IMG_1894No visit to the city of Chicago is complete until one reaches the pinnacle of this building, standing on the glass ledge that sometimes bobs with the wind, and looking through the floor to the street 1,353 feet (412 m) below.

Well, it’s no more called by that old and adorable name, The Sears Tower. Now it’s just the Willis Tower since March 2009 – a tribute to the new owners. However, the experience of going up the whole flight of floors to the observation deck at the top of America’s current tallest building is never any less exhilarating. The experience includes a historical tour of the city’s architectural, human, historical and cultural landscapes, and before we got to the top, we had learnt so much more about the city and the influences of its most famous citizens and residents including Hillary Clinton, Barack Obama, Oprah Winfrey, Harrison Ford, Kanye West, Jeniffer Hudson, Ernerst Hemingway, Louis Armstrong among many many others.

Here’s a new ad campaign that plays on the height of the building in relation to the height of some of the city’s famous figures.

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Ask me. “Forget feet, miles or kilometers… the Sears Tower is actually 226 ktravula’s tall.” Go figure.

The trip to the top of the SkyDeck Observatory was not without its thrills, and today I discovered why it was such a thrill to step onto the glass ledge and look down even though we had an illusion of protection from the outside world. Who was the evil genius that came up with the idea of a glass observatory at that kind of height above the ground? We eventually gathered for a few seconds of fright and took the group picture, before we stepped off and headed out through the other way.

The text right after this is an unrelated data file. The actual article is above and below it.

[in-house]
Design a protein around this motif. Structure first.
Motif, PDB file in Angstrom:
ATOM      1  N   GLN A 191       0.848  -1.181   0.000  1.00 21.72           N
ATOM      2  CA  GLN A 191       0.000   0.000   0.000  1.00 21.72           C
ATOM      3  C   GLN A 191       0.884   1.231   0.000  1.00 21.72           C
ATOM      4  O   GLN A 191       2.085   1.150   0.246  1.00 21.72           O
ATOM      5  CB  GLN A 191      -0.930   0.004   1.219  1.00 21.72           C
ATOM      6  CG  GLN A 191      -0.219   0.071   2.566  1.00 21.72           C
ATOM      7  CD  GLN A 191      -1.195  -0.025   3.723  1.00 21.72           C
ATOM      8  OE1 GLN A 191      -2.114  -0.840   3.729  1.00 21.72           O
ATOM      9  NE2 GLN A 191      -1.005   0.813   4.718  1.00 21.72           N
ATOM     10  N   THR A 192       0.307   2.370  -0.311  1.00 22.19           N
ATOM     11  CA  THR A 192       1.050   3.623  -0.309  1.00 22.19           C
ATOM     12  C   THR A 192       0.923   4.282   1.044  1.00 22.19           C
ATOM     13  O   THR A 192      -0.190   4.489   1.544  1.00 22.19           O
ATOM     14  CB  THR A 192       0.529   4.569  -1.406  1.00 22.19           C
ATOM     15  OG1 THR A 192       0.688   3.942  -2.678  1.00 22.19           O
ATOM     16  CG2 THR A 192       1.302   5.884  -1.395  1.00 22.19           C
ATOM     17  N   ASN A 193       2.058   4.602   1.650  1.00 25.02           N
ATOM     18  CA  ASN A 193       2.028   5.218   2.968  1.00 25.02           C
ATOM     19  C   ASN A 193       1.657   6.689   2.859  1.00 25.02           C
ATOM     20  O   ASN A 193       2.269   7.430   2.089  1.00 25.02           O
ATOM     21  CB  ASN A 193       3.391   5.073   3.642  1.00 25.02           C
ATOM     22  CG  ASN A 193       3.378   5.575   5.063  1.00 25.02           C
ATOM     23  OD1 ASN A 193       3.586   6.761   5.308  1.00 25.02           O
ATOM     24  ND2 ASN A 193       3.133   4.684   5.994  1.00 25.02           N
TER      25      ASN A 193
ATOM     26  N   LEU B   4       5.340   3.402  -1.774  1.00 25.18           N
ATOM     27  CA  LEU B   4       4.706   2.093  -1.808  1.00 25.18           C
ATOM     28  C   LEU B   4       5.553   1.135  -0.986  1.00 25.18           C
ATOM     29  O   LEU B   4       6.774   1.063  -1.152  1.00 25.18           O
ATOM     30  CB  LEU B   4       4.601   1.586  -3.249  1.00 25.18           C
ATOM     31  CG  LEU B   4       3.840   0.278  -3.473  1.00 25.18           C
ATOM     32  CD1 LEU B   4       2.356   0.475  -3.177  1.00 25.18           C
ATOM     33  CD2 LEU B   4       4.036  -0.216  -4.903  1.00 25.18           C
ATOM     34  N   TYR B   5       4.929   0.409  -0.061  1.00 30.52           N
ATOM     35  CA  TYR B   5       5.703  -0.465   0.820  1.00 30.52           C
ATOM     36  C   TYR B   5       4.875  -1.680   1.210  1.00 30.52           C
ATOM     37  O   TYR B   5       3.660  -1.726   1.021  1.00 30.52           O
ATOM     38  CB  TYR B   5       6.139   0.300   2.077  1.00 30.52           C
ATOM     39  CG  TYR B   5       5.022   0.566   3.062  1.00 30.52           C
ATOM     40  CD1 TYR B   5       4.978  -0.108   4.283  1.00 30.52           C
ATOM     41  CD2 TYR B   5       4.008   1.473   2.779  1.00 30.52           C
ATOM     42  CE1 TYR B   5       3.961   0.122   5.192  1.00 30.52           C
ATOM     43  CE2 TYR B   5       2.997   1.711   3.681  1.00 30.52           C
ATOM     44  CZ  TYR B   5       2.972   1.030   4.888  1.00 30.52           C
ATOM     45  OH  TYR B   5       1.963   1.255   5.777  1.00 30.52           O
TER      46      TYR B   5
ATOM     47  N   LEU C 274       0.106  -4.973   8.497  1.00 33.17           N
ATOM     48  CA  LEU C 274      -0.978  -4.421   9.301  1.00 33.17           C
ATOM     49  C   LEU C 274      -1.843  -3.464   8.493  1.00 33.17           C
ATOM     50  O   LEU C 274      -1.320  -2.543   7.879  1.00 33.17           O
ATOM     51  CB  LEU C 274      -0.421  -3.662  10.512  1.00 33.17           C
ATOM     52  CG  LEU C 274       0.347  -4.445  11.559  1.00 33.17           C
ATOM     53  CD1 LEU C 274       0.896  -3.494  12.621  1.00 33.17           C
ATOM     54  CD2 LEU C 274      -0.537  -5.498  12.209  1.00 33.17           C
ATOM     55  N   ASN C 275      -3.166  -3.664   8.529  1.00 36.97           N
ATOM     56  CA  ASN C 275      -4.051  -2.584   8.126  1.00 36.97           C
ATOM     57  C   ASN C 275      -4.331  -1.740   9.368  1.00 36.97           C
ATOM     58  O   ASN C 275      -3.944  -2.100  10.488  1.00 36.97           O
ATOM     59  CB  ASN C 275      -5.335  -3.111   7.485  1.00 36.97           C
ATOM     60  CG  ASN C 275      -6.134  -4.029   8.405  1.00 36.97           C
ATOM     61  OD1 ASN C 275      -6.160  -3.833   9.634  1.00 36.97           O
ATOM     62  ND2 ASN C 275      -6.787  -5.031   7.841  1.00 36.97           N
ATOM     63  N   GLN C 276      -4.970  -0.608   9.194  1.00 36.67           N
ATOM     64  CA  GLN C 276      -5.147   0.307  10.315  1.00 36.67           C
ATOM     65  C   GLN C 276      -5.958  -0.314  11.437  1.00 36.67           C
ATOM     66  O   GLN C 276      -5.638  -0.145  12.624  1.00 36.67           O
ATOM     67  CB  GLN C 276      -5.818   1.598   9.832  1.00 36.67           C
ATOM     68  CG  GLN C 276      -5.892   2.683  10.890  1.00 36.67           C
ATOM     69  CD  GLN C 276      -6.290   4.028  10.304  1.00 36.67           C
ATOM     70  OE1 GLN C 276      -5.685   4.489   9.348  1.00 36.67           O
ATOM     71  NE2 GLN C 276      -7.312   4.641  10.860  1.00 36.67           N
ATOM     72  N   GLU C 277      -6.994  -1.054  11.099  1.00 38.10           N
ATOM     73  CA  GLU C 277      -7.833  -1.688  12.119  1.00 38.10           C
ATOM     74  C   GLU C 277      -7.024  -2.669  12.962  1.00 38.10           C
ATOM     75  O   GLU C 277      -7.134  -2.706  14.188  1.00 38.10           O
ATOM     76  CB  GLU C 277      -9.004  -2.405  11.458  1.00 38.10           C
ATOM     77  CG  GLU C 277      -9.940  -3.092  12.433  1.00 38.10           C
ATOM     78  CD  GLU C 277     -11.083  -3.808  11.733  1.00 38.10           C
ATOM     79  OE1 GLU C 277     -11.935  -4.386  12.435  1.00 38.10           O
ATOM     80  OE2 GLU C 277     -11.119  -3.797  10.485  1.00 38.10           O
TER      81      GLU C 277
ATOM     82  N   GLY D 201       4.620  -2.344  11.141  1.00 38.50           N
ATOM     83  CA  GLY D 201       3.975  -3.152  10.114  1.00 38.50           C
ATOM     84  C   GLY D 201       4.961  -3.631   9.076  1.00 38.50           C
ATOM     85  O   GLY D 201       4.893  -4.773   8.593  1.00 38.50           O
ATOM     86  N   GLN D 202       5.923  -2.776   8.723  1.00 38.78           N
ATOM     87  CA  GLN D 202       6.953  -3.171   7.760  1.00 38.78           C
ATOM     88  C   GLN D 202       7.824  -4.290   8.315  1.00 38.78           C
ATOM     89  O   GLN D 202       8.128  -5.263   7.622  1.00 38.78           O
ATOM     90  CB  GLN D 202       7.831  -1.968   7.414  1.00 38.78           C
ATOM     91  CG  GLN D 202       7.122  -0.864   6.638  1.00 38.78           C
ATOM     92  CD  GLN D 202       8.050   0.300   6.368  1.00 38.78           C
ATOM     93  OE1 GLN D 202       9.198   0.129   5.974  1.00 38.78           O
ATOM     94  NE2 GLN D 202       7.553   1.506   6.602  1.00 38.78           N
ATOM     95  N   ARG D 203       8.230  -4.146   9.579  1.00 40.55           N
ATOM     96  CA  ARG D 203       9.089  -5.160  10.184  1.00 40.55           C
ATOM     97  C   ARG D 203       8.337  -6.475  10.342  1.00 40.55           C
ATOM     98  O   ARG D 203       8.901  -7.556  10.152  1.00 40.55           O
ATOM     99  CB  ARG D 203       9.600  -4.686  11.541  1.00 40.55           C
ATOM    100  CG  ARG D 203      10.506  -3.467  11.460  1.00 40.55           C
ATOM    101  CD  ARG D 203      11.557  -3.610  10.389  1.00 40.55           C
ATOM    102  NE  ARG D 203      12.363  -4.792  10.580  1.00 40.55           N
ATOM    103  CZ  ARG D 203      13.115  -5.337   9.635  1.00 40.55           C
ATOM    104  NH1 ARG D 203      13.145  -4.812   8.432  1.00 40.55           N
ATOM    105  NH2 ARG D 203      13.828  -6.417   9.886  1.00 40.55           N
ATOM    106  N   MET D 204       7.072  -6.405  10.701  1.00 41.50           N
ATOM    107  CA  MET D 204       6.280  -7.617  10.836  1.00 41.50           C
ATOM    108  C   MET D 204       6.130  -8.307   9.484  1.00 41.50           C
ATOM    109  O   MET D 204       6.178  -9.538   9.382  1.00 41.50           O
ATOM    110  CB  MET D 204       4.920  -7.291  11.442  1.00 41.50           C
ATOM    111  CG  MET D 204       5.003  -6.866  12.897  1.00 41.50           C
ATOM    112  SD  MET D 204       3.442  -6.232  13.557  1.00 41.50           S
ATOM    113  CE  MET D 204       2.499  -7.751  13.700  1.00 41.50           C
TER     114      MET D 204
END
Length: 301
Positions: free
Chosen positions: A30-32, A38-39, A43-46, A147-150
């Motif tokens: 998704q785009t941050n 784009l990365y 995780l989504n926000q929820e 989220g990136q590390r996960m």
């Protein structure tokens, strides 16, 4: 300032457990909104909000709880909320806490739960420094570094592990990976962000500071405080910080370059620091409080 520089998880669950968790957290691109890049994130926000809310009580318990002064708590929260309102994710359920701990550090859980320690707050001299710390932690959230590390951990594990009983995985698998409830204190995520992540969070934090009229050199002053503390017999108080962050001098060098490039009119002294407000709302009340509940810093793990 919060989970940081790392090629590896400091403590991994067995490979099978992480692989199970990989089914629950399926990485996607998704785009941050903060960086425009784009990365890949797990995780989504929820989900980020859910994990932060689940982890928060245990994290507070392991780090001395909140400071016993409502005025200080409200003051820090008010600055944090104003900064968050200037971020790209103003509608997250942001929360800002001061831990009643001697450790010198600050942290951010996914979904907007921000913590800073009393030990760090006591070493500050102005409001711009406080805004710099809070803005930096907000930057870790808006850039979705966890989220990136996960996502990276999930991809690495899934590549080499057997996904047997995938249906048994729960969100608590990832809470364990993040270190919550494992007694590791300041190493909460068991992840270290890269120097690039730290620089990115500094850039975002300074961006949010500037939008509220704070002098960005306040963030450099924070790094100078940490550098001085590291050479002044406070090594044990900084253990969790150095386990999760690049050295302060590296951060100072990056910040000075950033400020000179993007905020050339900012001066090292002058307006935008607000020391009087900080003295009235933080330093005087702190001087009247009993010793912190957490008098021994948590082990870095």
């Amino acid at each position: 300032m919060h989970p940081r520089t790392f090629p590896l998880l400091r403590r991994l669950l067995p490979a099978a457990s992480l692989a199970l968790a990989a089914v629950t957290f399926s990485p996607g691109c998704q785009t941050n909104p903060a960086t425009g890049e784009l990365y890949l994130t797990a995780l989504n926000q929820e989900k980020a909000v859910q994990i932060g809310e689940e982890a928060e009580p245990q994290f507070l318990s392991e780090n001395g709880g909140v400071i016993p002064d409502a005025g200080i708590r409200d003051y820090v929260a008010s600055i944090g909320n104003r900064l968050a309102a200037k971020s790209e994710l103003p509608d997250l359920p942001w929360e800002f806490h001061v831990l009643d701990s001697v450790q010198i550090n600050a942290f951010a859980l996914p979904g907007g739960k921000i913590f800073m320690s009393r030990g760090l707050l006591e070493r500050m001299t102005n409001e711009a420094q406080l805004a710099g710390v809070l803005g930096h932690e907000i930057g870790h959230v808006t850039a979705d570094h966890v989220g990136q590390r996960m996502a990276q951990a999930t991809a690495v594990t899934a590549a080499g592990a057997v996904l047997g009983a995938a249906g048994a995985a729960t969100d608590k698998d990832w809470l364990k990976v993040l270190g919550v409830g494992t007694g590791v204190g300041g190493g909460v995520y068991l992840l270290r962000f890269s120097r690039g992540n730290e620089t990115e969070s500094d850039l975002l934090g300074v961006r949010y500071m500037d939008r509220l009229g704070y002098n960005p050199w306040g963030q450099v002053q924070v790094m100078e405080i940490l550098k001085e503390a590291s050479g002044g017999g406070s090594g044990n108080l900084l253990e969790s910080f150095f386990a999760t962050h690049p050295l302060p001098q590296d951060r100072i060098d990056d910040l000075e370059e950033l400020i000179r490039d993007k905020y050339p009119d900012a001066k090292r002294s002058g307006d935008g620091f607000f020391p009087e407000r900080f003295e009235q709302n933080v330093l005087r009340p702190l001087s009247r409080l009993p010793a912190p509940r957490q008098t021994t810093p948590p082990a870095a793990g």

IMG_2033Standing on the glass ledgeI will remember this visit to the 103rd storey of the world’s fifth tallest building mostly because of the way the city/investors take maximum advantage of the landmark for their own financial gain. According to the displayed statistics, the building receives 25,000 daily visitors, and it only has 149 staff members. Considering that the amount spent by each visiting tourist is about $50 or thereabout, it is definitely a good long-term investment, along with returns from several other similar buildings in the city, one of which is the John Hancock Building. One could only wonder how much of returns these buildings/structures would have brought to Chicago if the rights to host the Olympics had been given to them. Now, at places around the city, one could still see little torn posters of the city’s Olympic bid: Chicago 2010.

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